• highway=unclassified. Minor roads, often unpaved, that connect hamlets and administered by the municipalities. (“The word 'unclassified' is a historical artefact of the UK road system and does not mean that the classification is unknown; for roads where the classification is unknown to the mapper use highway=road.” (See highway=*).
  • highway=living_street. No legislation exists in Colombia for comparable roads in other countries. Use of the tag in Colombia is therefore discouraged in the interest of maintaining tag semantics across countries.
  • highway=track. Roads used mostly for agricultural or forestry reasons, that a 4 wheel vehicle or farm tractor could travel on. NOTE: according to comments on Telegram Colombia, tracks are used for all "minor bad roads", not just those described here.
  • highway=path. This is for small paths that a 4 wheeled vehicle could not travel on and are usually used by people on foot or 2 wheeled vehicles. They may or may not connect settlements or lead to farm fields.

Road numbers

  • National highways and other highways having been assigned an identifier by a government agency use ref=*. For example, the segments of National Highway 50 are tagged:


In cities, addresses in Colombia follow the format [street name] # [number1] - [number2], e.g. Calle 72 #7-12. The number sign (#) can be alternatively abbreviated as No.. In theory, number1 refers to the previous intersecting street, and number2 is the distance to that intersection. In the previous example, the address is on Calle 72, 12 meters away from Carrera 7. Of course, the real world does not fit the model so nicely, but that's the general idea. Example tagging for address: Kr 14 no. 67-23 in Bogotá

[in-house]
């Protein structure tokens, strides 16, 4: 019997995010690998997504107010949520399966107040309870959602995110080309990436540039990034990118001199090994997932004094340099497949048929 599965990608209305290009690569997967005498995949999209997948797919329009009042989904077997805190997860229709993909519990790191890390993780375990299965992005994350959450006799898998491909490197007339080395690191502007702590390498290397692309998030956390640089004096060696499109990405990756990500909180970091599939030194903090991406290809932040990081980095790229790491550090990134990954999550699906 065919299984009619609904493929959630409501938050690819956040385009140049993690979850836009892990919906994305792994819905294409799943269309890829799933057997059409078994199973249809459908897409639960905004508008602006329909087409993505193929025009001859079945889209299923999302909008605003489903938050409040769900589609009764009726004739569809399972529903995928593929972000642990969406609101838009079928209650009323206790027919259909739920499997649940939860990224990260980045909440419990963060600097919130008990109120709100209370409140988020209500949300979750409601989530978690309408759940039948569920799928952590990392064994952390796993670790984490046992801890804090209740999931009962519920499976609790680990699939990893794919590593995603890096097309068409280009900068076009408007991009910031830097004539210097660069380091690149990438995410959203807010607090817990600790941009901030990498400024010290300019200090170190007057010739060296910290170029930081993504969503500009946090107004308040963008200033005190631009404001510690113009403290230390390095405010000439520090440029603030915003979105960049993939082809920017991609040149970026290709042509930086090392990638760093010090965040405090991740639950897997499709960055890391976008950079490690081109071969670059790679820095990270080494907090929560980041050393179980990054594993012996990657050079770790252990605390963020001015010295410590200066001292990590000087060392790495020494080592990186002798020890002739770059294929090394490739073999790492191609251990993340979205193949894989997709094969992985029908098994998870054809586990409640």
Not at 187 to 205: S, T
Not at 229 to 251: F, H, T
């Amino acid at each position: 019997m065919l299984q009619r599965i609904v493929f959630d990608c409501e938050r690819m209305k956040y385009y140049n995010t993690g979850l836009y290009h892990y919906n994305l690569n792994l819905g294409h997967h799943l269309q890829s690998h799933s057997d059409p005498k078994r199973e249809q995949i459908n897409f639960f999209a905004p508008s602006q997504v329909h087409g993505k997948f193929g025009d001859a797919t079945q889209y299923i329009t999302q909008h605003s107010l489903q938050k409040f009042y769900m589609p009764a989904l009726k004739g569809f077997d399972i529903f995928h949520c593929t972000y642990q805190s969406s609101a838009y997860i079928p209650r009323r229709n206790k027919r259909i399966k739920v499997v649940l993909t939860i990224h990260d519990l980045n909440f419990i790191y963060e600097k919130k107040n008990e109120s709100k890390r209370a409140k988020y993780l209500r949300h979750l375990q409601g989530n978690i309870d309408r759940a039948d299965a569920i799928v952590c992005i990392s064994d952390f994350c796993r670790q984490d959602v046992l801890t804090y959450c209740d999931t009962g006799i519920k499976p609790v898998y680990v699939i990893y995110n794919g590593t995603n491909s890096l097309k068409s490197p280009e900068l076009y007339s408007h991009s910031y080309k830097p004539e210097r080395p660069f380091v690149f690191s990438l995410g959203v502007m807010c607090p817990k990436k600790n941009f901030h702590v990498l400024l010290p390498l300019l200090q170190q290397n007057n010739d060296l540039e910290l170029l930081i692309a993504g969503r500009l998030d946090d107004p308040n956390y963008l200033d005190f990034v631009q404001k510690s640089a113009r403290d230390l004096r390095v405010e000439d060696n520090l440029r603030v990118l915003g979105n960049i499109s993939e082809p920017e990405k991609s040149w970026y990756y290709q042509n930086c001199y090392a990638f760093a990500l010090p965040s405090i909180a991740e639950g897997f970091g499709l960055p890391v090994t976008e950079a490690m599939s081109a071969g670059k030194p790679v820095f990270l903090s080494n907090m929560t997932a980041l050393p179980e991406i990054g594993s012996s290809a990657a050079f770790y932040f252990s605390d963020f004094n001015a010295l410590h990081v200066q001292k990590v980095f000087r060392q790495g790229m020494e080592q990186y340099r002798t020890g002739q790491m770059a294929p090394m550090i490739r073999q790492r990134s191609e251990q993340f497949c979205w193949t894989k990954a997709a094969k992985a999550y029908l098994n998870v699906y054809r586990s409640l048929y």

Outside of cities where streets aren't numbered, addresses can be expressed by stating the nearest milepost and the name of the road, e.g. Km. 25 Autopista Medellín. Alternatively, a higher approximation can be given using meters, as in Km 25+500, meaning 500 meters past milemarker 25. Since the addr=* schema doesn't quite work for these cases, addr:full=* can be used instead.

Additional tags that can be useful/necessary

When possible, you should add these tags to the area you draw for the building, using for example the building=residential. Sometimes more then one building has the same address, this happens with condominiums were a group of apartment buildings share the same front gate (and one address). In this case it is probably best to draw a polygon around the condo and tag as landuse=residential and then add a main entrance node on the line of the polygon with tags entrance=private and the address details. Additionally you can then draw the buildings and tag them building=apartments but do not also add the address tags to them.


Postcodes were introduced recently in Colombia[3]. Although not widespread used yet, it is worthwhile to add them to OSM. Postcodes contain six digits, the first two being the department, the next the two postal zone, and the last two the postal district. All postcodes and their district boundaries can be found here. They can be added to the address using; addr:postcode=xxxxxx.